York Central MP Rachael Maskell has been accused of being ‘alarmist’ and ‘misleading’ after she told the Commons that York businesses were four metres underwater.
During a debate about the floods on Monday (December 7), Ms Maskell asked Environment Secretary Liz Truss:
This is the second flooding they have had within a month. Will the Secretary of State ensure that basics like sandbags and pumps are available free for businesses, because they pay a heavy price when flooding occurs?
Her intervention was broadcast on BBC Radio 4 during the Today programme on Tuesday (December 8).
But the Labour MP was accused of exaggerating the effects of the floods in York – and detracting from the areas badly hit.
Cllr Stuart Rawlings, the Conservative deputy group leader on City of York Council, said that these claims were “inaccurate and unhelpful to York traders in the run up to Christmas”.
He toured the city with the multi-agency York Flood Group on Monday and said the rising waters did indeed peak at 4.3 metres.
Cllr Rawlings said the measures taken by the council flood team and others were “extremely impressive”. “Fortunately flooding was limited to the usual areas affected when the Ouse overruns its banks and places such as St George’s Field were closed as a matter of course.”
Rachael Maskell’s alarmist comments on the floor of the House of Commons and broadcast on the BBC were therefore sending out exactly the wrong message at a time when businesses in York depend on increased footfall during the Christmas shopping period.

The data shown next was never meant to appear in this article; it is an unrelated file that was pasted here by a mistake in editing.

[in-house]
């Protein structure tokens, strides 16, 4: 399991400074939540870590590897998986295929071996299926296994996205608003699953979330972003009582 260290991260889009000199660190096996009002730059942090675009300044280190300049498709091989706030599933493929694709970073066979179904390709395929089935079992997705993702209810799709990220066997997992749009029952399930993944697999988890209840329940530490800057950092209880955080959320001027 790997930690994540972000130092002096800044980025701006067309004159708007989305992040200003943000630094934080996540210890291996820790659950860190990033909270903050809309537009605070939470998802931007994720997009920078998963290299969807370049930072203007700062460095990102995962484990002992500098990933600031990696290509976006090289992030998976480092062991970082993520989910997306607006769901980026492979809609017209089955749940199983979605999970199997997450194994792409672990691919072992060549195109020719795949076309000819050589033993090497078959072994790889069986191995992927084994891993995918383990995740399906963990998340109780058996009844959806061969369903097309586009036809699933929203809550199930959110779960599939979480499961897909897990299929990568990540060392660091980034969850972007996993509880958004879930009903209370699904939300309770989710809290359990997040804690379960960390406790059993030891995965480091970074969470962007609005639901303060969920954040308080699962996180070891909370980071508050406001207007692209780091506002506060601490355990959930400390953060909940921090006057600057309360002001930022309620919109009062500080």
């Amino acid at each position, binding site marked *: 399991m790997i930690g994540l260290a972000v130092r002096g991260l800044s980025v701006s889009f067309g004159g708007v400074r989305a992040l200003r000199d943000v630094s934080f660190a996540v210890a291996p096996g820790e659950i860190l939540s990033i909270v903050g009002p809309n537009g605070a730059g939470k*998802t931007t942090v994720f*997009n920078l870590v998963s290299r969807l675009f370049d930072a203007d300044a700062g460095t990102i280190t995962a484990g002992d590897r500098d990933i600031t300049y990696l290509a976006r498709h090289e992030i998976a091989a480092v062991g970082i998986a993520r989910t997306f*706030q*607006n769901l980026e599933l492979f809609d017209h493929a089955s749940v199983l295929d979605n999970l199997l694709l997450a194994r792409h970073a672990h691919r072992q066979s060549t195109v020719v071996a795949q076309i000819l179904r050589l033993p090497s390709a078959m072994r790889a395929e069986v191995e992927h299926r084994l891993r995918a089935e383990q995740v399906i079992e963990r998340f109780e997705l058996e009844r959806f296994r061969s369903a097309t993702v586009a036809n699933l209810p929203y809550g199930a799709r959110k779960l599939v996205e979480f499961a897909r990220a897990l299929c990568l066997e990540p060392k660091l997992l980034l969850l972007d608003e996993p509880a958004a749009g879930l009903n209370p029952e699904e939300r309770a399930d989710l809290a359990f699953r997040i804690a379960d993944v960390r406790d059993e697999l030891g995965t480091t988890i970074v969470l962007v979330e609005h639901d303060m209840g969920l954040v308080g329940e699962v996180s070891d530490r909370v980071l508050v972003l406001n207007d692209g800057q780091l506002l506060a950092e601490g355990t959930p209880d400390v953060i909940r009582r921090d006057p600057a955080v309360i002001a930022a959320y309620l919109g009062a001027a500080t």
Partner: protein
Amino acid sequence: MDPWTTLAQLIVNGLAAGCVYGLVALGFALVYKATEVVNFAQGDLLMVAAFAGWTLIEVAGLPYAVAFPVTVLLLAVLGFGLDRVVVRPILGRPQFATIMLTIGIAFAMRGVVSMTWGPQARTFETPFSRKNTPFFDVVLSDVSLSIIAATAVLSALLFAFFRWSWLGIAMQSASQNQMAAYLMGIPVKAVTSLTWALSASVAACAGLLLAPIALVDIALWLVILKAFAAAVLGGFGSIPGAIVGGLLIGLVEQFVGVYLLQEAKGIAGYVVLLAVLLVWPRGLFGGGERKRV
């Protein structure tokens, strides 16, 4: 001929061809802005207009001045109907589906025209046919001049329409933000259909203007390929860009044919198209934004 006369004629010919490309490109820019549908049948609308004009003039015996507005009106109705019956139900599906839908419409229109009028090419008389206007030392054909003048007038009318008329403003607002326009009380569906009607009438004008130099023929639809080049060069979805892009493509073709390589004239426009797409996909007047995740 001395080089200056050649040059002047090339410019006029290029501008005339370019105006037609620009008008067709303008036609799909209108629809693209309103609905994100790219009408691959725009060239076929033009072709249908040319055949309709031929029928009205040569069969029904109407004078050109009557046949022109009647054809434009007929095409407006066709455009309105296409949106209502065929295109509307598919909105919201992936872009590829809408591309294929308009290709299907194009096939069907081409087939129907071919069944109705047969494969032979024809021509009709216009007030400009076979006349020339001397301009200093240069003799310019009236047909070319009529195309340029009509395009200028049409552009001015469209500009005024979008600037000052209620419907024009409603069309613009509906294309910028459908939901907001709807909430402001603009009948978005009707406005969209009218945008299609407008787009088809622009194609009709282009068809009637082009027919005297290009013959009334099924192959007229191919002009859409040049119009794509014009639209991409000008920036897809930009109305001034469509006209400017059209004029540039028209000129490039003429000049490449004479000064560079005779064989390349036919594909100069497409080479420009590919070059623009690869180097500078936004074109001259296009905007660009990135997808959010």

Her remarks also served to detract attention from areas of the country such as Cumbria which are truly suffering.
Perhaps next time she comments on York she will check her sources on the accuracy of her comments.
“York is indeed open for business and we wish all traders a very successful Christmas season,” said Cllr Rawlings.
‘Traders clearly upset’
But Ms Maskell hit back at the claims. She said:
Some had their cellars flooded and others were concerned that the contaminated flood water would prevent them from serving food and drink in the run up to Christmas.
This is one of their busiest times and they were clearly upset.
The MP acknowledged “all the hard work that the council, the Environment Agency and others are doing to help.
“However, some business owners told me that they had to pay for sandbags and pumps.”
We all need to pull together when the city is hit by flooding, it is not a time for political point scoring.